My name is Amy Smart and I write about my sewing and quilting adventures at Diary of a Quilter. I have to admit, I like projects that are quick and easy. Some might say I'm lazy.            I thought I'd share my super-simple and very quick method for putting together a cute pennant banner for anyone else out there like me.
I like to use two fabric triangles per pennant, just to give some more body to the pennants and help them hang nicely.  (I die cut my pennants using my Accuquilt Go Cutter, but you could cut them with a rotary cutter as well.) To sew them together I just match the triangles wrong sides together and sew a 1/4 inch seam along the two-hanging sides, leaving the edges raw.  After sewing, I starch and press the pennants.

I then use Wrights Extra Wide Double Fold Bias Tape (available at any sewing store, Walmart, etc.) to string the pennants together.  I tried pinning once, but it was more of a pain then a help.  I've found it much easier to tuck the top (unsewn) edge of the pennants inside the fold of the Bias Tape and sew across the bottom edge of the tape, sewing the pennant in the process. As I get about an inch and a half away from the end of the pennant, I insert the next pennant, overlapping about an inch and continue sewing the tape shut across the top of the triangle.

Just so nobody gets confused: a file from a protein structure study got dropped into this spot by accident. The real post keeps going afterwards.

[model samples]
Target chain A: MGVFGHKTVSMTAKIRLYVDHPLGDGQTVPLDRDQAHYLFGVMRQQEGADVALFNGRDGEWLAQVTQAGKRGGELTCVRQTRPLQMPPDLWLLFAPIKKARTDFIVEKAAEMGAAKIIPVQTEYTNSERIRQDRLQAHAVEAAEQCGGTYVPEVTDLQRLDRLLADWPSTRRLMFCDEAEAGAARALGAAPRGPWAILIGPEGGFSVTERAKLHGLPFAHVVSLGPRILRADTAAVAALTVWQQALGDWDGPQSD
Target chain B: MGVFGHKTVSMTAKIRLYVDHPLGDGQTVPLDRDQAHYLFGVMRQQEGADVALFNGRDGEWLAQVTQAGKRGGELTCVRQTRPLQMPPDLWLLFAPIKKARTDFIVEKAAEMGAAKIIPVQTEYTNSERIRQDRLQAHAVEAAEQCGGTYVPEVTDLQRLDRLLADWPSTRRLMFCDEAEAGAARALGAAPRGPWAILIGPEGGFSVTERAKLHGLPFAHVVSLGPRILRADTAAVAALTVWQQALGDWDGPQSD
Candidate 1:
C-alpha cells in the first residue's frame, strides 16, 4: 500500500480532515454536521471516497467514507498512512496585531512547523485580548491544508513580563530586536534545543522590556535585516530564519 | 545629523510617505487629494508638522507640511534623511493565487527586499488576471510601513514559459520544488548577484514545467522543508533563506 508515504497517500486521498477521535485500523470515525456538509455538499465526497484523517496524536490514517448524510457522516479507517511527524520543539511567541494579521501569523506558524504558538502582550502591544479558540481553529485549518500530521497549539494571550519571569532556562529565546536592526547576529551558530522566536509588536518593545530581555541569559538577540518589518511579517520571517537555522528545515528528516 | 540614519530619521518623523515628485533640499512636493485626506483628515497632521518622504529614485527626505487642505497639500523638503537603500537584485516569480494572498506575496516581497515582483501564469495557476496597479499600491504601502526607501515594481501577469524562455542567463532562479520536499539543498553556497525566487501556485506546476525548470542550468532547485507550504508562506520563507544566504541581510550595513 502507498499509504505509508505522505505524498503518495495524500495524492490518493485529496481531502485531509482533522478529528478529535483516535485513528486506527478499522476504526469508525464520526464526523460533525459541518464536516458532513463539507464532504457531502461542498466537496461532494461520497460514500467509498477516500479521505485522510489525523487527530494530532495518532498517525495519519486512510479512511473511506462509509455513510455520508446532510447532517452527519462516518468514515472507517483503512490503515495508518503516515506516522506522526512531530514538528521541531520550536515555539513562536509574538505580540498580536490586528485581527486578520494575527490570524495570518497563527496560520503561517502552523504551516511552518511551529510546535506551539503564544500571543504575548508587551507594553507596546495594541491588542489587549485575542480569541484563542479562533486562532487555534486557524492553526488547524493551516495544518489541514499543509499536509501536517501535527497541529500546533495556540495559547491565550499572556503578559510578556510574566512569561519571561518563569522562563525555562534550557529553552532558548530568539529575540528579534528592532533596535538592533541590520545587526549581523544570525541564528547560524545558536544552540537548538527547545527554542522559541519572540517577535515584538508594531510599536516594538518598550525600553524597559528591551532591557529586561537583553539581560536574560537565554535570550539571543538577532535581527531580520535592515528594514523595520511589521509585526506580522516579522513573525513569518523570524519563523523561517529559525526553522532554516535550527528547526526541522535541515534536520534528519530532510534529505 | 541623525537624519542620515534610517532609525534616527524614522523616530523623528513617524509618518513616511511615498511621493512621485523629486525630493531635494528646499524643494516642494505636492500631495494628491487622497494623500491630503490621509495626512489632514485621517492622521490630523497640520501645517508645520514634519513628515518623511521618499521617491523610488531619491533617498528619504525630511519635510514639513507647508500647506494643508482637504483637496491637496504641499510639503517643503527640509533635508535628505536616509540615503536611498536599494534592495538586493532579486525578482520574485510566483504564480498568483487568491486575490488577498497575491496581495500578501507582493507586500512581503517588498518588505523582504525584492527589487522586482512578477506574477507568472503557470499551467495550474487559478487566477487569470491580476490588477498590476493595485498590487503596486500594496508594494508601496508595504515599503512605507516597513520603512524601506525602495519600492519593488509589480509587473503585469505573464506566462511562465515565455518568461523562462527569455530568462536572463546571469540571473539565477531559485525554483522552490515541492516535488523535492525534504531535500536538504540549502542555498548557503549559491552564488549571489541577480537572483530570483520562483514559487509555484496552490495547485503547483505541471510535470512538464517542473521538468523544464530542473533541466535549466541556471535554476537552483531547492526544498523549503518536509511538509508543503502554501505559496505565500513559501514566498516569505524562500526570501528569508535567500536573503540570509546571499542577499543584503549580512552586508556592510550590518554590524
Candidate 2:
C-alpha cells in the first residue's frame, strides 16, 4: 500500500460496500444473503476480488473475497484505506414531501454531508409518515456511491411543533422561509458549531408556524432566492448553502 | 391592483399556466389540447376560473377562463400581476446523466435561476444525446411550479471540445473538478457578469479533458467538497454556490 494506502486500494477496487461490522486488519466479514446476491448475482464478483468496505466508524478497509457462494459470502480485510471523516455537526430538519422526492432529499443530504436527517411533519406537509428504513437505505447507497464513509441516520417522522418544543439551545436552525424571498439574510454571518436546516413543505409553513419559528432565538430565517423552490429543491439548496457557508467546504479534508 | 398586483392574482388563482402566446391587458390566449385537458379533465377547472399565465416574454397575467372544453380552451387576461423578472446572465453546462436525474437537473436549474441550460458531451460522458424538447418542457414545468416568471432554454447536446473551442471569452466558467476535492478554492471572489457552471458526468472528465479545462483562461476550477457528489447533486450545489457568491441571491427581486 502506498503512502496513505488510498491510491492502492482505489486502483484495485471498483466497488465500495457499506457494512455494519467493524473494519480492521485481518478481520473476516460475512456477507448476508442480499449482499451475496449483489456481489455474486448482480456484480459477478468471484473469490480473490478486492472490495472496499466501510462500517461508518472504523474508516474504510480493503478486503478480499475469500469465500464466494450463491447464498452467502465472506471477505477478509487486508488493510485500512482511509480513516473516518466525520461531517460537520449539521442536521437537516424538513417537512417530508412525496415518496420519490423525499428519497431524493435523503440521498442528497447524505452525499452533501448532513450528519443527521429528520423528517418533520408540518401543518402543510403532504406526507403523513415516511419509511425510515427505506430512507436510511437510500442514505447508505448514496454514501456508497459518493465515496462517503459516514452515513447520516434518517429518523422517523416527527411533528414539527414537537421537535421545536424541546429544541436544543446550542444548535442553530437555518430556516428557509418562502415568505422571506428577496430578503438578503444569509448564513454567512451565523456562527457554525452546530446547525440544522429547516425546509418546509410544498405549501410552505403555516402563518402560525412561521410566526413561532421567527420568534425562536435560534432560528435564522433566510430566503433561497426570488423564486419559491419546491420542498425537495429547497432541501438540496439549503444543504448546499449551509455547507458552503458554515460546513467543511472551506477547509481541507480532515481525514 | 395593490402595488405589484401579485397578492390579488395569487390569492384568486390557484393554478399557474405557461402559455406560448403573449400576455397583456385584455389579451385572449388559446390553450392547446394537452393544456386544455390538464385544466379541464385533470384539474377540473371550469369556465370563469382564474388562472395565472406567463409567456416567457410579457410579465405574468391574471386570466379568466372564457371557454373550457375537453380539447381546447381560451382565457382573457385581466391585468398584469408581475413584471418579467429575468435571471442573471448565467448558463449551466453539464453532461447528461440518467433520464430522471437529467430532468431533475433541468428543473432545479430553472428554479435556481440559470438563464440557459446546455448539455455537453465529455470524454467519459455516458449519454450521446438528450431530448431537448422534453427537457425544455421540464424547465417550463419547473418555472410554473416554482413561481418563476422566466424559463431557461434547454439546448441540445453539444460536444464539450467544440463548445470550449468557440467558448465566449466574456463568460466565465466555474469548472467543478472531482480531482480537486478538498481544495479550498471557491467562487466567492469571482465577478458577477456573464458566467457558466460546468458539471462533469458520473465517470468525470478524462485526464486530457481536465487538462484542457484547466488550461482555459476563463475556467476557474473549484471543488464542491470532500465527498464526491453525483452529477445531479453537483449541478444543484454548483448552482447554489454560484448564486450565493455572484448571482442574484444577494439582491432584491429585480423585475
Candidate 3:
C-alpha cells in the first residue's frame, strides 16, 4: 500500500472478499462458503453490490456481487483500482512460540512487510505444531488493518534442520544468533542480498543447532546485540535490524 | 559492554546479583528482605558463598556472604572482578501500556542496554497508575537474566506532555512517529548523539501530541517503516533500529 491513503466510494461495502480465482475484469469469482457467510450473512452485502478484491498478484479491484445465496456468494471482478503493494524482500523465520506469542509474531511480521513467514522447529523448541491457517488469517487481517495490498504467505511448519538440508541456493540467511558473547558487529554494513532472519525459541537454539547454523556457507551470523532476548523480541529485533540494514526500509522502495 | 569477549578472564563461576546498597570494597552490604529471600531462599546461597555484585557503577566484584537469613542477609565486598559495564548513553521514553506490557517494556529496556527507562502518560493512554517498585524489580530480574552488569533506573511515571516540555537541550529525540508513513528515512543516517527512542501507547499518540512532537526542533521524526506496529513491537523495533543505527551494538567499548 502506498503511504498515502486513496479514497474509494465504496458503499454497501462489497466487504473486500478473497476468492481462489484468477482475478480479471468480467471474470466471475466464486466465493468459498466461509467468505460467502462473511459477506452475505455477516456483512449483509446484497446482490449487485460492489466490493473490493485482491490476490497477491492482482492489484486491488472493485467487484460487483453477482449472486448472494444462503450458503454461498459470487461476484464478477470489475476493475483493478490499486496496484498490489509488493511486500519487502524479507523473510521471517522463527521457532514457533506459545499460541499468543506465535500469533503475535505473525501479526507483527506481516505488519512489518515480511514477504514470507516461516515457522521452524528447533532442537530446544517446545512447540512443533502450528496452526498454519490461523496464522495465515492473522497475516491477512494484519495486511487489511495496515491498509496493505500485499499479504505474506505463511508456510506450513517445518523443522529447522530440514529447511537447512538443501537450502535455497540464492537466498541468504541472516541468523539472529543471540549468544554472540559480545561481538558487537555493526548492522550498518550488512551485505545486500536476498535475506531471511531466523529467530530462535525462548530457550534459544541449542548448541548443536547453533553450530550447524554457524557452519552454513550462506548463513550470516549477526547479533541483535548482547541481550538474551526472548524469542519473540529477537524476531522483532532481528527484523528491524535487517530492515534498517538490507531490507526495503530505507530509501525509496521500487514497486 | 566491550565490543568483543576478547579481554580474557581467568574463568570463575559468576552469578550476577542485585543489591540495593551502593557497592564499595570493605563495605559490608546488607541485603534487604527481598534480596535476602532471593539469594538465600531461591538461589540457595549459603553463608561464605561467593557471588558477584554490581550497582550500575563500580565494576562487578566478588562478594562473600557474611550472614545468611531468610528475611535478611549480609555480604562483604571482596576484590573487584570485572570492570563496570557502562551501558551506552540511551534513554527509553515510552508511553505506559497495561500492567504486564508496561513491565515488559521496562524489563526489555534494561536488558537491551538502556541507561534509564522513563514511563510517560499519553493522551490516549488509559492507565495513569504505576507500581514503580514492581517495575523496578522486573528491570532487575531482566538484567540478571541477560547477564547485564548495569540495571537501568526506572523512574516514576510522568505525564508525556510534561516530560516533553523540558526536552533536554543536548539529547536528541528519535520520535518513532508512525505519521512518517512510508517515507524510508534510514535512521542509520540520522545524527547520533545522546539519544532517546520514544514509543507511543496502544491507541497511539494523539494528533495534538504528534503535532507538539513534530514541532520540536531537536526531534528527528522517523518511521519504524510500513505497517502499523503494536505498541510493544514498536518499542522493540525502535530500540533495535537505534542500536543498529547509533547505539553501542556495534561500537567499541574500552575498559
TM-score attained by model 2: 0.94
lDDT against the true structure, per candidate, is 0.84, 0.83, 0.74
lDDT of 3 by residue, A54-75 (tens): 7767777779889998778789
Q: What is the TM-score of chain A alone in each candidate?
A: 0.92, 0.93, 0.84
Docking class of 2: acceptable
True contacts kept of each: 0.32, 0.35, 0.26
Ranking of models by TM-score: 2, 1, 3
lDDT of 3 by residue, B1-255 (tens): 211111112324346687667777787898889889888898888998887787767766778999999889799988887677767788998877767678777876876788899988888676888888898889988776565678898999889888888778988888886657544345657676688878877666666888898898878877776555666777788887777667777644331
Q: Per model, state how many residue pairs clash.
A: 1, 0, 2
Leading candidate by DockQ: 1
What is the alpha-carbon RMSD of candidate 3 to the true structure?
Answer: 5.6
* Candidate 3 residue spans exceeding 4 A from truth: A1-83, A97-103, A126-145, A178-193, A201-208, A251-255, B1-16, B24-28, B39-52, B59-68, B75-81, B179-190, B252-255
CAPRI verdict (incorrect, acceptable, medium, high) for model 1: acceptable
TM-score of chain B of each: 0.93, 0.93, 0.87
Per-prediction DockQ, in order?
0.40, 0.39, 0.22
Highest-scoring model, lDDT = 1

Thats it. Easy, peasy. No pinning, no turning triangles right-sides out.  It's not the most Martha way to assemble pennants, but it goes together quickly. I like to let the fabric do the hard part of making it look cute.  
All of these pennants were cut from vintage linens (sheets) found at local thrift stores. (After they had a VERY good wash.) I love their cheerful prints and colors. I also made a baby quilt from vintage linens and now I want to make a big one for myself!
If you're interested in other sewing tutorials, I've got a bunch. Please stop by and say Hello!

Post by Amy Smart : www.diaryofaquilter.com